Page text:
What would you say is the most common setup for gears?

mattrixdesign2
mattrixdesign2 Posts: 644
edited August 2011 in Workshop
What would you say is the most common setup for gears? I.E. how many / sizes?

Just out of curiosity... being a MTBer I am used to 21 (3x7) in the old days, 27 (3x9) my current Rock Hopper - and now it seems the trend is going toward 20 (2x10 etc).

Bought my first road bike in Dec, and buying on a tight budget I went for an Allez 16 (2x8). It only took a few killer hils to decide I wanted a compact, which I have recently purchased, soon to be fitted. Not sure whether to go with 8/9/10(?) at the rear. It would be nice to have a few more gears...

So what is the current trend in road bikes?

Comments

  • If you want more gears you should have got a triple instead of a compact.
  • If you want more gears you should have got a triple instead of a compact.

    ..happy to keep it a double, just possibly have a few more at the rear, that are closer together.

    Besides the question is more out of curiosity.
  • daviesee
    daviesee Posts: 6,386
    Don't worry about trends, get the gears you need.

    8 speed is probably more robust than 10 speed and your frame may not be 10 speed compatible (distance between the stays) but other than that I can't think why you would go 8 instead of 10.
    Struggle up hills? 12-27.
    Fast on the flats? 11-23.
    Compromise? 11-25.
    None of the above should be taken seriously, and certainly not personally.
  • keef66
    keef66 Posts: 13,123
    I suppose the current trend is a compact double with a 10 speed 12-27 cassette.

    I ignored trends and went for a triple and 12-25 10 speed cassette. I know with 30 theoretical combinations there's lots of duplication, but I also have a big spread of gears without any big gaps, which is what I need to keep spinning to help my knackered knees.

    10 speed chains are still a bit pricy compared with 8 / 9.
  • keef66 wrote:
    I suppose the current trend is a compact double with a 10 speed 12-27 cassette.

    Thanks, I presumed it would be something like this.

    I am going to see what kind of range my compact gives with the 8 speed cassette, the plan is to go 8 or 9.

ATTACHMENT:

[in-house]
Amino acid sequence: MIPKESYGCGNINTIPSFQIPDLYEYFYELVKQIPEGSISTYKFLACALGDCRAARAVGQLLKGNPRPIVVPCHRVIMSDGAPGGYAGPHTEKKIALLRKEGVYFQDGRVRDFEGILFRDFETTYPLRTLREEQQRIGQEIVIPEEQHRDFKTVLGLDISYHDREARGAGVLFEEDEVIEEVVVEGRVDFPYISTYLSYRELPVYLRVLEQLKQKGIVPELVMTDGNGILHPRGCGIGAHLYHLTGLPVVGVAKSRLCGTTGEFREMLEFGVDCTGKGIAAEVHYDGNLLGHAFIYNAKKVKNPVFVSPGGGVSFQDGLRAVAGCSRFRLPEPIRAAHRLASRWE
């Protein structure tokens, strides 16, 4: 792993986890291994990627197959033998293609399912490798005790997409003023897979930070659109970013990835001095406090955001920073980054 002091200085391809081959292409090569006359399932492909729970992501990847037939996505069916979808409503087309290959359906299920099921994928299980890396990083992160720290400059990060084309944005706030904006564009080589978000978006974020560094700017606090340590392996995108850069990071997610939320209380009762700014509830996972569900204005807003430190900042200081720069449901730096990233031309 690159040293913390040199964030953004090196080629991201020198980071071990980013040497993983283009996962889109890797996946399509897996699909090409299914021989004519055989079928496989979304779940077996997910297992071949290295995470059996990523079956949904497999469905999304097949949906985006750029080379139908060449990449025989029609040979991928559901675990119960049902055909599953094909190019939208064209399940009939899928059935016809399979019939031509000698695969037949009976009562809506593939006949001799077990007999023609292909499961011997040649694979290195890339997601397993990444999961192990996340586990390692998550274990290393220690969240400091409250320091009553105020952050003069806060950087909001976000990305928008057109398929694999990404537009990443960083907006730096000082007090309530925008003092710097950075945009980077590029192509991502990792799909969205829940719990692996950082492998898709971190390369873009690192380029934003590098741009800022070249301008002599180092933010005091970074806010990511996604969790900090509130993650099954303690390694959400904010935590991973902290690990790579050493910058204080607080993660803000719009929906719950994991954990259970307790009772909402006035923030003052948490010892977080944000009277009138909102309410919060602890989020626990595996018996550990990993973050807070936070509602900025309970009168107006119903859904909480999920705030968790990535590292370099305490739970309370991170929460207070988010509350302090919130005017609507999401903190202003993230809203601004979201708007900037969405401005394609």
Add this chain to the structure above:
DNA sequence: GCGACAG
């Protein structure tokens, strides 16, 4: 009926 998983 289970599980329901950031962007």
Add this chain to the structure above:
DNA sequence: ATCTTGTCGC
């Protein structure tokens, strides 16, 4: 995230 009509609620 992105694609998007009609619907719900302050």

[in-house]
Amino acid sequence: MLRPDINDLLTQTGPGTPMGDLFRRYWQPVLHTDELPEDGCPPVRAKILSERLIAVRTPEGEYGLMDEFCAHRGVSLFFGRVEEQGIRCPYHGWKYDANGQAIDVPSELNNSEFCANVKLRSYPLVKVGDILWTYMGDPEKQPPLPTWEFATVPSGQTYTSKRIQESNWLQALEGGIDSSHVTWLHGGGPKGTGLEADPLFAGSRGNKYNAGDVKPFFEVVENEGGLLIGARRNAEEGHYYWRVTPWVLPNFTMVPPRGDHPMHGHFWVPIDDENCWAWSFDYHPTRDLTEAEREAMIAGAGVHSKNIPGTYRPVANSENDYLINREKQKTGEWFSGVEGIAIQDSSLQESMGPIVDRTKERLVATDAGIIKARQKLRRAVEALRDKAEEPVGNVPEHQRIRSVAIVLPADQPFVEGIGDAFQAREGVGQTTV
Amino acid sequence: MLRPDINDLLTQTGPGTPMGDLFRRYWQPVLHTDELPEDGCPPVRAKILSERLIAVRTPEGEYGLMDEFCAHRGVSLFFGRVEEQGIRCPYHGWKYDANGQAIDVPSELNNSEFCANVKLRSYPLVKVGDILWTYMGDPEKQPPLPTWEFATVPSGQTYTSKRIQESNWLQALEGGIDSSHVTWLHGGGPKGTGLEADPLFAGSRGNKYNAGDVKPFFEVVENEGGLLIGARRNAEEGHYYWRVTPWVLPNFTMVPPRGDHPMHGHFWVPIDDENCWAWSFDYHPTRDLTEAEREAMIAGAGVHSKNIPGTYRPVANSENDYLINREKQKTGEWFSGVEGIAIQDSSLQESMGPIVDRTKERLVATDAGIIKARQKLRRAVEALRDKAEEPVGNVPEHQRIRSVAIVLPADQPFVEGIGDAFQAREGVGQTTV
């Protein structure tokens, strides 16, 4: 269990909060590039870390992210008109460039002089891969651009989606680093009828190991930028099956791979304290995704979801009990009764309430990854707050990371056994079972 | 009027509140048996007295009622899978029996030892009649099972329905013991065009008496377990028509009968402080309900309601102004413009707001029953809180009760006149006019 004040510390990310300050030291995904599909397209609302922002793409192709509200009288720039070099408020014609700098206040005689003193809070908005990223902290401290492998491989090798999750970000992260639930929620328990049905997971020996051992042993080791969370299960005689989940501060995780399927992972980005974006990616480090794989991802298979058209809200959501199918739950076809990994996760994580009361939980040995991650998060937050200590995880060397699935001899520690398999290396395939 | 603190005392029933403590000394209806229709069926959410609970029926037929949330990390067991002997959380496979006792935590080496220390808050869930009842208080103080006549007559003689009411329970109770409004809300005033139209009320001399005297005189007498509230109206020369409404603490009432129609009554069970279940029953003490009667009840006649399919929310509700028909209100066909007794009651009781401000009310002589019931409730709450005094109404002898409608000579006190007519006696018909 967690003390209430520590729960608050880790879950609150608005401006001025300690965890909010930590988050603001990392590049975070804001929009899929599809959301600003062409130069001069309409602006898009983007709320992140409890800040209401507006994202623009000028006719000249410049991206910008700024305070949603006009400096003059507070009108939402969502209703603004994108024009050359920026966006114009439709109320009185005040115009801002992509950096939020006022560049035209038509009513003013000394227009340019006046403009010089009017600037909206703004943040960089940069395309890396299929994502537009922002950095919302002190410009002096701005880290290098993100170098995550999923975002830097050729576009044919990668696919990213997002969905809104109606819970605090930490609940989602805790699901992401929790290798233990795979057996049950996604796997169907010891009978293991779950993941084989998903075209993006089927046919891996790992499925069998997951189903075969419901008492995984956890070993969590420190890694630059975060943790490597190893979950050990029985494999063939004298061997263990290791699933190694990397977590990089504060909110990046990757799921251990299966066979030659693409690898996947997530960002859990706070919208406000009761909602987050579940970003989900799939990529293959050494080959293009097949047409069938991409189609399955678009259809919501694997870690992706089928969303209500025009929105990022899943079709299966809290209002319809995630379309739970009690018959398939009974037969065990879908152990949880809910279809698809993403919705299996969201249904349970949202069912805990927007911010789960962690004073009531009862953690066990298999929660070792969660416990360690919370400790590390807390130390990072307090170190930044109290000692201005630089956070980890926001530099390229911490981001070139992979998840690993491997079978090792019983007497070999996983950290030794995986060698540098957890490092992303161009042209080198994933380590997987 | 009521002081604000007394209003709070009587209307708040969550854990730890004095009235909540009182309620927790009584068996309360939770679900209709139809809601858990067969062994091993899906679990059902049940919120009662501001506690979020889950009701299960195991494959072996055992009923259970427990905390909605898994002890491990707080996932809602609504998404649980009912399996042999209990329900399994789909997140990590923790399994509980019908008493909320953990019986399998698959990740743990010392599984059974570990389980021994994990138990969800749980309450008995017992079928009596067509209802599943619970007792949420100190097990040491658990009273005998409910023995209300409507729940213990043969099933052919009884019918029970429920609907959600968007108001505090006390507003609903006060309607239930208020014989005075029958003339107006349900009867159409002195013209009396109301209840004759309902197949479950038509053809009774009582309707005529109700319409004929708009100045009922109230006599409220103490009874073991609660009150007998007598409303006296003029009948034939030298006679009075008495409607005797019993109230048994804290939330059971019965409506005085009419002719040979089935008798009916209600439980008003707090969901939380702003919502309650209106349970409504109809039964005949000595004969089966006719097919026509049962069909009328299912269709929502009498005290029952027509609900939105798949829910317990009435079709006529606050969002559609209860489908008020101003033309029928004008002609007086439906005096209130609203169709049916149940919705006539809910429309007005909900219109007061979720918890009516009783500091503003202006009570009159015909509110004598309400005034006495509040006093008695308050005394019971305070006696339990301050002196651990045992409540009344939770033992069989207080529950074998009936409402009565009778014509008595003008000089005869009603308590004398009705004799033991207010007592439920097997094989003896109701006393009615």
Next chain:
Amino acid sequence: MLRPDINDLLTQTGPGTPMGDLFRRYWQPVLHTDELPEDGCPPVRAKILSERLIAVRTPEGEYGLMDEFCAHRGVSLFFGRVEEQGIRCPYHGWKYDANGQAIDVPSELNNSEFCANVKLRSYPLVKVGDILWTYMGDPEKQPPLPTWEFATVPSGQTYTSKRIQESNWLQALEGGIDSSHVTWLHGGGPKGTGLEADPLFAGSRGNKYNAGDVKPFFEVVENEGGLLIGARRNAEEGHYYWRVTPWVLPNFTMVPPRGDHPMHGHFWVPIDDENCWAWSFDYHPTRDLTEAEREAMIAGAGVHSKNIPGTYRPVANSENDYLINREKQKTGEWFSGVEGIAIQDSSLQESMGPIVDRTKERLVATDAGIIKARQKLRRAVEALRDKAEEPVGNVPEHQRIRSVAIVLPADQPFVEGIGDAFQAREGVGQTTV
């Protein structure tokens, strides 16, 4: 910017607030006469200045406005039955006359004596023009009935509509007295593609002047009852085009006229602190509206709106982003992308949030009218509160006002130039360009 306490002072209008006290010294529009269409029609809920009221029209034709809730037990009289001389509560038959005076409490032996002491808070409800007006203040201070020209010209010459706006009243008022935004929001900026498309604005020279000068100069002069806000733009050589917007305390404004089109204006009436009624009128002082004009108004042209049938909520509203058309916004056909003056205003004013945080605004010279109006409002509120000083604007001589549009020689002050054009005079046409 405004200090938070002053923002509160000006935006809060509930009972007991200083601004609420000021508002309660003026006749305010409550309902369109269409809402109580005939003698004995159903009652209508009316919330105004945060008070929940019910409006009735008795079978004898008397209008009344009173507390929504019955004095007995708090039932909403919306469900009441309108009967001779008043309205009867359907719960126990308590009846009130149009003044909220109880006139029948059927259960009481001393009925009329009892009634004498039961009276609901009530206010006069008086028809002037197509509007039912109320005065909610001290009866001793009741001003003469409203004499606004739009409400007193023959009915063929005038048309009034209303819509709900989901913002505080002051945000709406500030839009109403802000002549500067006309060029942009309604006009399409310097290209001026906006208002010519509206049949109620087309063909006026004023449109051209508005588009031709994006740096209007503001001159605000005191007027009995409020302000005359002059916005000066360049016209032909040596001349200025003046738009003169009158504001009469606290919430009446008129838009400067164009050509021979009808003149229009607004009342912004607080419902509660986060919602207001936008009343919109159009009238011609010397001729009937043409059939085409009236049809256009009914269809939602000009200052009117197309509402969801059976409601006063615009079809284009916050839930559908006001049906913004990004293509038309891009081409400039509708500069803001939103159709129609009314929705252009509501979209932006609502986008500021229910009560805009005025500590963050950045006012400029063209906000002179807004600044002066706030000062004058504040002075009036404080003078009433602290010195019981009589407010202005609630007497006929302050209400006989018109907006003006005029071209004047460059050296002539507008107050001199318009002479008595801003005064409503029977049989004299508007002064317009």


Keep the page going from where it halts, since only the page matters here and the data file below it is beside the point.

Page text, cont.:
• daviesee wrote:
    Don't worry about trends, get the gears you need.

    8 speed is probably more robust than 10 speed and your frame may not be 10 speed compatible (distance between the stays) but other than that I can't think why you would go 8 instead of 10.
    Struggle up hills? 12-27.
    Fast on the flats? 11-23.
    Compromise? 11-25.

    Not to concerned, just wondering.
  • You can always use an MTB cassette. Then you can go up to 11-34....Mind you, you will need a new shifter (9speed) and an MTB rear mech....
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  • You can always use an MTB cassette. Then you can go up to 11-34....Mind you, you will need a new shifter (9speed) and an MTB rear mech....

    ...currently I can only afford the crankset. Shifters/mech/cassette will have to wait.
  • alfablue
    alfablue Posts: 8,497
    could have kept the original chainset and increased your gearing by going 9 speed shifters, mtb mech and cassette of your choice. On my g/f's Trek 1.2, to make it touring friendly, I got s/h Ultegra shifters for £30, s/h XT mtb mech for £11, new 11-34 9 speed SRAM cassette and KMC chain, all in cost about £85. since swapped to new SLX rear mech - only cos I got one cheap.
  • Get the compact crankset. Then look out for a set of 10 speed levers second-hand for a good price. After that you`ll need a 10 speed cassette (12-27 as suggested) and a 10 speed chain, job done. 8,9 and 10 speed cassettes all fit the same free-hubs so no dramas there.
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  • If you want more gears you should have got a triple instead of a compact.

    ..happy to keep it a double, just possibly have a few more at the rear, that are closer together.

    That is the failing of double compact. They often supply the range of desired gears, but not enough gears withing that range. You get closer ratios with triple.
  • mz__jo
    mz__jo Posts: 398
    More gears just increases your chances of being in the wrong one! 8 sp is fundamentally more robust than 9 sp or 10. I am very happy with an 11-30 8 sp cassette. It is very difficult to see where adding one or two sprockets will greatly improve things.
  • daviesee wrote:
    Don't worry about trends, get the gears you need.

    Too true. I cleaned my cassette a few months back and noticed I hardly used the 12/13 gears so I changed the cassette for 14-25 which gives me 16-17-18-19, a nice little range which suits me fine.
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  • maddog 2
    maddog 2 Posts: 8,114
    9 and 10 spd are easily robust enough. If you're planning on never servicing it or riding across a desert then, fair enough, go with 8spd but under normal conditions 9/10 are fine.

    My advice would be to go 34/50 and a 12-27. Low enough for most things, you can run (any) roadie mechs and if you need it even lower then a 33t ring is possible and/or a 11-28 cassette with the latest roadie mechs (or beyond with an MTB mech).

    As for 9 or 10, it's a close call. 10spd is slightly snappier and you can upgrade further obviously. Plus you can now get 11-32 cassettes in 10spd (Apex) so you can go even lower still. Having said that, I run 9 on the commuter as it's less sensitive to setup than 10, and I rotate the chains with my mtb (still on 9 there).
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